GarryB wrote:A US ABM system will directly result in no further nuclear weapon reductions by Russia... theatre or strategic.

    Good for them, that's there prerogative. I have no argument with Russia doing things it wants or needs to do, just with some of the asinine justification that comes from both sides on the issue.

    GarryB wrote:It doesn't matter what you or I think... it just takes one idiot to get into office in the US (and you seem to have a queue of those Razz) to think an ABM system will do what it says on the box and we can escalate anything to any level because we are safe... take the BMs out of the equation and our uber stealth fighters should be able to take on 16 Blackjacks and some WWII bombers.

    Clearly I need to be President. Get out of Europe and the Middle East, concentrate on Asia, and declare terrorism a WMD.

    GarryB wrote:Except that if they had stayed in the ABM treaty then they could not build ABM systems in Europe or on their AEGIS cruisers so the Russians would not have any reason to want IRBMs... ICBMs on very high trajectories can still do the job of hitting targets at intermediate ranges... even if smaller shorter range weapons can do it cheaper and more efficiently.

    Except that the European system and the current AEGIS systems are ATBM systems, and fall within the allowed limits of the old agreement. Just like PAC-3, THAAD, S-300V, etc. All of those were legal, the only problem would potentially be the performance of the associated radars. Illegal would've been the S-225, which actually was an illegal system while being developed into the very early 1980s.

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    Re: INF Treaty - coming to the end of its life

    Post  GarryB on Sat Jun 29, 2013 12:05 pm

    OK? It doesn't matter where you hit the ICBMs from, if you've got an ABM to take out ICBMs then that eats into deterrence. Hence, the S-500 comparison. If the US system lets us take out 10% or Russian missiles, but S-500 deployment and A-235 lets Russia take out 50% of ours, how much is what we're doing really causing Russia a problem.


    You are not getting it. Deterrence requires both sides to be able to take out the strategic nuclear capability of the other side and cause immeasurable damage to make thoughts of a preemptive strike seem to be suicide.

    Russia having the capacity to stop 50% or 100% of US strategic nuclear weapons would not stop NATOs conventional arsenal from doing it serious damage.

    Russia knows such systems will never be that efficient however, but that is not even the problem... no matter what their efficiency an ABM system makes nuclear war more plausible as an option rather than less plausible and in that sense it is destabilising. That is why the ABM treaty was signed in the first place because if either side just believed they were safe enough then the risk of mutually assured destruction no longer applied which is what deterrence is based upon.

    Debatable. If IRBMs make Russia more comfortable in its deterrent, and this system makes us more comfortable with ours, then where's the disconnect? How is that not an expensive continuing of the current status quo?

    Because the US will make it so... it has new eastern european allies that will think all these Russian IRBMs will be pointing at them and demand an american equivalent... leading to an arms race... of course the Russian missiles will replace ICBMs doing the same job and will save a lot of money. Equally later ground launched hypersonic cruise missiles will make them more effective at evading any ABM system.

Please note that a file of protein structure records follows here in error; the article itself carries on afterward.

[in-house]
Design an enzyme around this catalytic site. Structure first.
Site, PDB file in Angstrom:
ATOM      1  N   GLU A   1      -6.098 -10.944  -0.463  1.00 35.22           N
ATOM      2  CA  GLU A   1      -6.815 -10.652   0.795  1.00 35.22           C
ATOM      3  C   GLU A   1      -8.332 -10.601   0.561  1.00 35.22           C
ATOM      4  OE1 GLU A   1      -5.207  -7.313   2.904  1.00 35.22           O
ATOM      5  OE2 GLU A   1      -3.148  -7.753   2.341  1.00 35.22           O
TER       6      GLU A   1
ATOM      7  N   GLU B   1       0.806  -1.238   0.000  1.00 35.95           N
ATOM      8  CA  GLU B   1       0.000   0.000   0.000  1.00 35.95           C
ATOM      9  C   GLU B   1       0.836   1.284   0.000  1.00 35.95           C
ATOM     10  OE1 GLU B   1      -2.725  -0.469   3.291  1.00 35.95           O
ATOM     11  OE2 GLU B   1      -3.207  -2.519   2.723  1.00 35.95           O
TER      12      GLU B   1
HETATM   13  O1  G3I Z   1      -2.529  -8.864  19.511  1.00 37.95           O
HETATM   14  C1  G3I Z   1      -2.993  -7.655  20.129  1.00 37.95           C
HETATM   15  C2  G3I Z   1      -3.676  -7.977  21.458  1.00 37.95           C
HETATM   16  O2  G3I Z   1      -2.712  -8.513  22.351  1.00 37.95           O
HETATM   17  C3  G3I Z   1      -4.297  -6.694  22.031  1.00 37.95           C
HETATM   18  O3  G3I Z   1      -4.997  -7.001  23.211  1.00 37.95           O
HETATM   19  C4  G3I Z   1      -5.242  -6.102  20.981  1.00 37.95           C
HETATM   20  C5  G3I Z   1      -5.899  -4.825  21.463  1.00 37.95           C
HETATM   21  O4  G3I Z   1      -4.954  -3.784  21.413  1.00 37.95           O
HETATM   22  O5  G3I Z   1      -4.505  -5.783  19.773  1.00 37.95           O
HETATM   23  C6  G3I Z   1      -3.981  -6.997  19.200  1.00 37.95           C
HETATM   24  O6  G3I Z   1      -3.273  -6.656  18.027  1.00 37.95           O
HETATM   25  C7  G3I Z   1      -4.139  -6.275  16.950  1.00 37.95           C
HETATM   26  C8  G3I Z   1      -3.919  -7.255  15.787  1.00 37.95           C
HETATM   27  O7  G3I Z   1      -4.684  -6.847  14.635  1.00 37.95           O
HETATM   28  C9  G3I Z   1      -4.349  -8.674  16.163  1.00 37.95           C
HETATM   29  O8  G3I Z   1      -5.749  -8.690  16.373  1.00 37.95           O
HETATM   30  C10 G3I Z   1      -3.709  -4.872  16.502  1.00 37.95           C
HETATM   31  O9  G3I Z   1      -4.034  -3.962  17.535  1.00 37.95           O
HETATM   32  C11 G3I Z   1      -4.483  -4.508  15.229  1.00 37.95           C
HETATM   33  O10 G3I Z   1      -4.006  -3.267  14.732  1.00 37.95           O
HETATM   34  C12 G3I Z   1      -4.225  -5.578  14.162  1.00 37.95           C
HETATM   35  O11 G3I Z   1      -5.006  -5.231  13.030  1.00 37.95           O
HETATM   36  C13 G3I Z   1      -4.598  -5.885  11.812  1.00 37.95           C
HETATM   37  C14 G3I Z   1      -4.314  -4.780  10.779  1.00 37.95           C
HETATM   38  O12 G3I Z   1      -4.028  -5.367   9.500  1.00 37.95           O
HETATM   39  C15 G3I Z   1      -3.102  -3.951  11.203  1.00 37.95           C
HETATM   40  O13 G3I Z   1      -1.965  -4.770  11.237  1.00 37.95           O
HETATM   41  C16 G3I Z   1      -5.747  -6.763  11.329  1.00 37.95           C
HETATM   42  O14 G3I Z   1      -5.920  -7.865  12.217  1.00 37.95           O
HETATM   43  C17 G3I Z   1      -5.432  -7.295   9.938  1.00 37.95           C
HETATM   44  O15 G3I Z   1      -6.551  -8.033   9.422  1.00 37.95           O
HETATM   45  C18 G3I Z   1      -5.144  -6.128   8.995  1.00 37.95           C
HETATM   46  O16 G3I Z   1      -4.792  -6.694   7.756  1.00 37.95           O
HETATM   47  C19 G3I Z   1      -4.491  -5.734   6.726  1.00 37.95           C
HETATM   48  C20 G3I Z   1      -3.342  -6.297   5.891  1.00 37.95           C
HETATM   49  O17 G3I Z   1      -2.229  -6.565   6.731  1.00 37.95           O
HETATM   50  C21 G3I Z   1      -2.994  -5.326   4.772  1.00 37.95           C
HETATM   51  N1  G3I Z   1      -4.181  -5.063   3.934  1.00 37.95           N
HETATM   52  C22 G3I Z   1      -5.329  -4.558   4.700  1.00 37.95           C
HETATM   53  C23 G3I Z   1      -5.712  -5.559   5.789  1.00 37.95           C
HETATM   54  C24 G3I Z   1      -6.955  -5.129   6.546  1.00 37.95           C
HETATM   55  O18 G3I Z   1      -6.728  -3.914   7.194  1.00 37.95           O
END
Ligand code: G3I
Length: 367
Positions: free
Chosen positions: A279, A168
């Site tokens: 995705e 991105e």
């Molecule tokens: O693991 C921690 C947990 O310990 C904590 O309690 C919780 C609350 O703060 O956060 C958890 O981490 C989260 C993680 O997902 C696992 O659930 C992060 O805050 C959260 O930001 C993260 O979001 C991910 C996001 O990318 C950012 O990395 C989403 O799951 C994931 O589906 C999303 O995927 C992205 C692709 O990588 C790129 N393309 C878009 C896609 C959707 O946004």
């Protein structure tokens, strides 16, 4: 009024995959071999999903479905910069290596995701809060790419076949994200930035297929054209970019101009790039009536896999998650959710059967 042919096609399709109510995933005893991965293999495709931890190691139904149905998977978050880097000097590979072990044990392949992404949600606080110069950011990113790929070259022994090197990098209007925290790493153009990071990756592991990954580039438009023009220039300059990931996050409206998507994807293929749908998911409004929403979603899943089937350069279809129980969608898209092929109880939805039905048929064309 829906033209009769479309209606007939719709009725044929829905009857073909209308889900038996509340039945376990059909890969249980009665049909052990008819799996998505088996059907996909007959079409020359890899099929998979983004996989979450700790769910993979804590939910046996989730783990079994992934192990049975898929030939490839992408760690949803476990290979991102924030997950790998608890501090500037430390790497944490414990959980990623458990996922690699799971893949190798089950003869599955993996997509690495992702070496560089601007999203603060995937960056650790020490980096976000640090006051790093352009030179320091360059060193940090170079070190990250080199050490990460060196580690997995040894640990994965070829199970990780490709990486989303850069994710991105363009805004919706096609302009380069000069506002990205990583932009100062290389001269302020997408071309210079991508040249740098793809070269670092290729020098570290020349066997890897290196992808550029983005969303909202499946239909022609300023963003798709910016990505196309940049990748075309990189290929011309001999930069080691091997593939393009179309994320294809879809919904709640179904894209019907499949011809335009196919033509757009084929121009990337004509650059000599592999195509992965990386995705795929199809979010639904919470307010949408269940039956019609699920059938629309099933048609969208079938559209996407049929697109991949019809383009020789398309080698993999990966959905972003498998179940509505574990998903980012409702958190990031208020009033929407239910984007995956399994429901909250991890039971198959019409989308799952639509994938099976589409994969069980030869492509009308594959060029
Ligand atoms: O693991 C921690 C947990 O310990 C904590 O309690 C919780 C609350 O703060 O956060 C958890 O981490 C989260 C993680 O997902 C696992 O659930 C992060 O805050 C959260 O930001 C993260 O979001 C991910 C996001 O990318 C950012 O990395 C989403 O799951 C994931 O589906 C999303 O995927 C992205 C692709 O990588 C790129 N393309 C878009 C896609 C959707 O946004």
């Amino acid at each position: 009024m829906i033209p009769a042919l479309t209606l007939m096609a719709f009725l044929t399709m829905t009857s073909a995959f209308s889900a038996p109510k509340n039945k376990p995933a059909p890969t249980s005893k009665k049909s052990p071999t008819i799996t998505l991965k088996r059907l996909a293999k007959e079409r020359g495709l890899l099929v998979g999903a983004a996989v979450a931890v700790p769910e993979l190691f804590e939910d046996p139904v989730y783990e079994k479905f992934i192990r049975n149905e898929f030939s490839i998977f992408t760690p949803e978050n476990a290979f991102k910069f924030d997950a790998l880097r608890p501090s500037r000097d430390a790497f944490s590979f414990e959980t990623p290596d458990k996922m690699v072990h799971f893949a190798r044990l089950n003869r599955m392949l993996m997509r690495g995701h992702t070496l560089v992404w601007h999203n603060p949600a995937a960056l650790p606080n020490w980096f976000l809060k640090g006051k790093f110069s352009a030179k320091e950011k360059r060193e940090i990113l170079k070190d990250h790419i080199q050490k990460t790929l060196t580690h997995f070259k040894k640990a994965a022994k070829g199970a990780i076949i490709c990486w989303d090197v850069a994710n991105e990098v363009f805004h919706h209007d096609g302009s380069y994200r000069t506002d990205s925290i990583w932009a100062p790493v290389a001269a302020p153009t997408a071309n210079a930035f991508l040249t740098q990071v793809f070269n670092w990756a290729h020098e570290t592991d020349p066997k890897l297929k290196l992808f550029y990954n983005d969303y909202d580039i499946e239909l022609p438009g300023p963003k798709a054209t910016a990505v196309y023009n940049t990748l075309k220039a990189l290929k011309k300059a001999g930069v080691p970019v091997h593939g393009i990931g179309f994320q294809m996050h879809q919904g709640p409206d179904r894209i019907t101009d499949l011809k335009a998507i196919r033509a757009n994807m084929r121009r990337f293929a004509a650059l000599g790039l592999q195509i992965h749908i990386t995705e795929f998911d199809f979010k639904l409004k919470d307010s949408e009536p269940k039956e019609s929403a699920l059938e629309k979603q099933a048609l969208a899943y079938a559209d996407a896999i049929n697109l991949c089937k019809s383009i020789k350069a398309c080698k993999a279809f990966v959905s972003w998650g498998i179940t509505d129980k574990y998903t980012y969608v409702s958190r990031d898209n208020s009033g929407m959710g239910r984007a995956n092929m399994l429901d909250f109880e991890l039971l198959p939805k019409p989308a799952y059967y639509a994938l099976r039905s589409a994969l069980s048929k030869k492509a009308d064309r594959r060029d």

So the system capabilities and small footprint on the ground is not in line with the idea that the US is trying to move all sorts of bases into Eastern Europe.

    It doesn't need boots on the ground in Europe... even small bases allow tentacles... look at the articles about rendition... in addition to the official military bases look at all the CIA secret ones... makes Hostel look like a documentary... Twisted Evil 

    And that's with one of the worst US administrations ever as far as the military and foreign policy is concerned being in charge until a trip to Dallas.

    I agree, but can you blame the Russians for not wanting to take the word of the west? MAD is foolproof... anything else requires trust and the western record is dire in the post cold war period.

    Clearly I need to be President. Get out of Europe and the Middle East, concentrate on Asia, and declare terrorism a WMD.

    You'd get my vote... Smile

    Except that the European system and the current AEGIS systems are ATBM systems, and fall within the allowed limits of the old agreement. Just like PAC-3, THAAD, S-300V, etc. All of those were legal, the only problem would potentially be the performance of the associated radars. Illegal would've been the S-225, which actually was an illegal system while being developed into the very early 1980s.

    SM-3 Standard hit a satellite... naughty naughty... plus the US AEW system in Flyingdales UK is no where near a US border, and nor is Thule in Greenland... one radar near your capital or ABM base and the rest around your border facing out... naughty naughty again... but you already know that.


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    Re: INF Treaty - coming to the end of its life

    Post  gaurav on Sat Jun 29, 2013 1:43 pm

    Something wrong in the U.S assessment of Russian violations

    Intelligence officials said internal assessments identified Russia’s new Yars M missile that was tested earlier this month as an INF missile with a range of less than 5,500 kilometers.

    “The intelligence community believes it’s an intermediate-range missile that [the Russians] have classified as an ICBM because it would violate the INF treaty” if its true characteristics were known, said one official.

    However, Russia is denying its new Yars M missile represents an INF violation.

    This just shows Americans are just watching hollywood movies.Yars-M is 11k PLUS km range ICBM and Americans are saying it 500 plus km range
    intermediate range missile Shocked 


    There now is a broad pattern of INF-related Russian compliance issues being reported in